Yes, I have another boat in build, which has been imagined with all the team and is bang on schedule. For now though, I'm very pleased with this LinkedOut, which I get a lot of enjoyment out of and right now my thoughts are on the next Route du Rhum. Over the next few weeks, I'm going to continue sailing right up to the Rhum, so I don't lose the rhythm I have with the boat and I can optimise the many minor details still left to tweak. The boat is very honed and it's hard to make her any better. I have a fine machine and a great team, everything I need to be ready for the start on 6 November. I can't wait!"

Jérémie Beyou (Charal), 3rd In The 48h Azimut

"The aim was to complete the course without too many glitches. I had a few incidents aboard but, overall, I'm very pleased. I'd hoped to be in on the action and that's what I did. To stand a chance of beating Thomas and especially Charlie, you have to sail an absolutely flawless race. That isn't the case yet, but I fully intend to stay on the podiums in the upcoming races.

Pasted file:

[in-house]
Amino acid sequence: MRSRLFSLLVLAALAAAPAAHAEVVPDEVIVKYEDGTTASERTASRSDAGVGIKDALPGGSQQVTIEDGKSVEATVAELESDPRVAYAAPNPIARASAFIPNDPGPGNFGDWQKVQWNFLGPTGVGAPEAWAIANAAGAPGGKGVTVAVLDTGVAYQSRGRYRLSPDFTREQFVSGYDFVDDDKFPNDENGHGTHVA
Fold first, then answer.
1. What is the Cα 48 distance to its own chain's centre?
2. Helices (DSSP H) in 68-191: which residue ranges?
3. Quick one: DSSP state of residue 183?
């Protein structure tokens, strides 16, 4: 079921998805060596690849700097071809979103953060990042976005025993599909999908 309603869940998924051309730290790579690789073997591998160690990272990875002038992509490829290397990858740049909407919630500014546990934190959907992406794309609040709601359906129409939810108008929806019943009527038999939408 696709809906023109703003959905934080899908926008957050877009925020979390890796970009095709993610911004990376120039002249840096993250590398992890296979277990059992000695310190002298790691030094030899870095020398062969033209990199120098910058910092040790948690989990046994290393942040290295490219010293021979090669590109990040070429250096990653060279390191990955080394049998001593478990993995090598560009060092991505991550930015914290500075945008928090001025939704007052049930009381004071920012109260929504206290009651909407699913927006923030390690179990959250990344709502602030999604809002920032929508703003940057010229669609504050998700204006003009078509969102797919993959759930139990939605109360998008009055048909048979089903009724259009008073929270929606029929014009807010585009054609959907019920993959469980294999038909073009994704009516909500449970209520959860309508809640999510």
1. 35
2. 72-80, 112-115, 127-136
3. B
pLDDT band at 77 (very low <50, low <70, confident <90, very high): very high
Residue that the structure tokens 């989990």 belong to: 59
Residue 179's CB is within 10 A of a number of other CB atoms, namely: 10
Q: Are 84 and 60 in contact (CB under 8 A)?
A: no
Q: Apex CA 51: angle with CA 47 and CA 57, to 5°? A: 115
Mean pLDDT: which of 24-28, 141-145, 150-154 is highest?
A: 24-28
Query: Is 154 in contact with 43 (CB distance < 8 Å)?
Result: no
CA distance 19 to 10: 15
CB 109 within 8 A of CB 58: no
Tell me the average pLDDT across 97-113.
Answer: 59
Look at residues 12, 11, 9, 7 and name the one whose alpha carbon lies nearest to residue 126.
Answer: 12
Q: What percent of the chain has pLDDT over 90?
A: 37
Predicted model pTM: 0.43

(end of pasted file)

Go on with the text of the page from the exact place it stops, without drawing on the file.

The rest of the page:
It was my first race with this boat. She handled well but she's very sensitive to the slightest tweak with the trimming. I was fairly at ease on certain points of sail and I was kind of finding my bearings in relation to the others. She's a boat capable of going very fast, but you really need to be trimming her constantly. We're on page one of discovering this boat and we've got off to a pretty good start.

The boat has rudders which are quite unique and very big, requiring additional trimming. There's more trimming required of the foils, the keel and the ballast too... All this trimming has a very big influence and the slightest degree of modification has repercussions. I had a few issues with my autopilot and we were slamming quite a lot at times. As a result, I didn't get much rest as I'm not yet familiar with the boat's noises, so I stayed awake, poised to intervene quickly. All in all though, I was able to give it my best shot and once I've nailed all the trimming, I'll be more confident."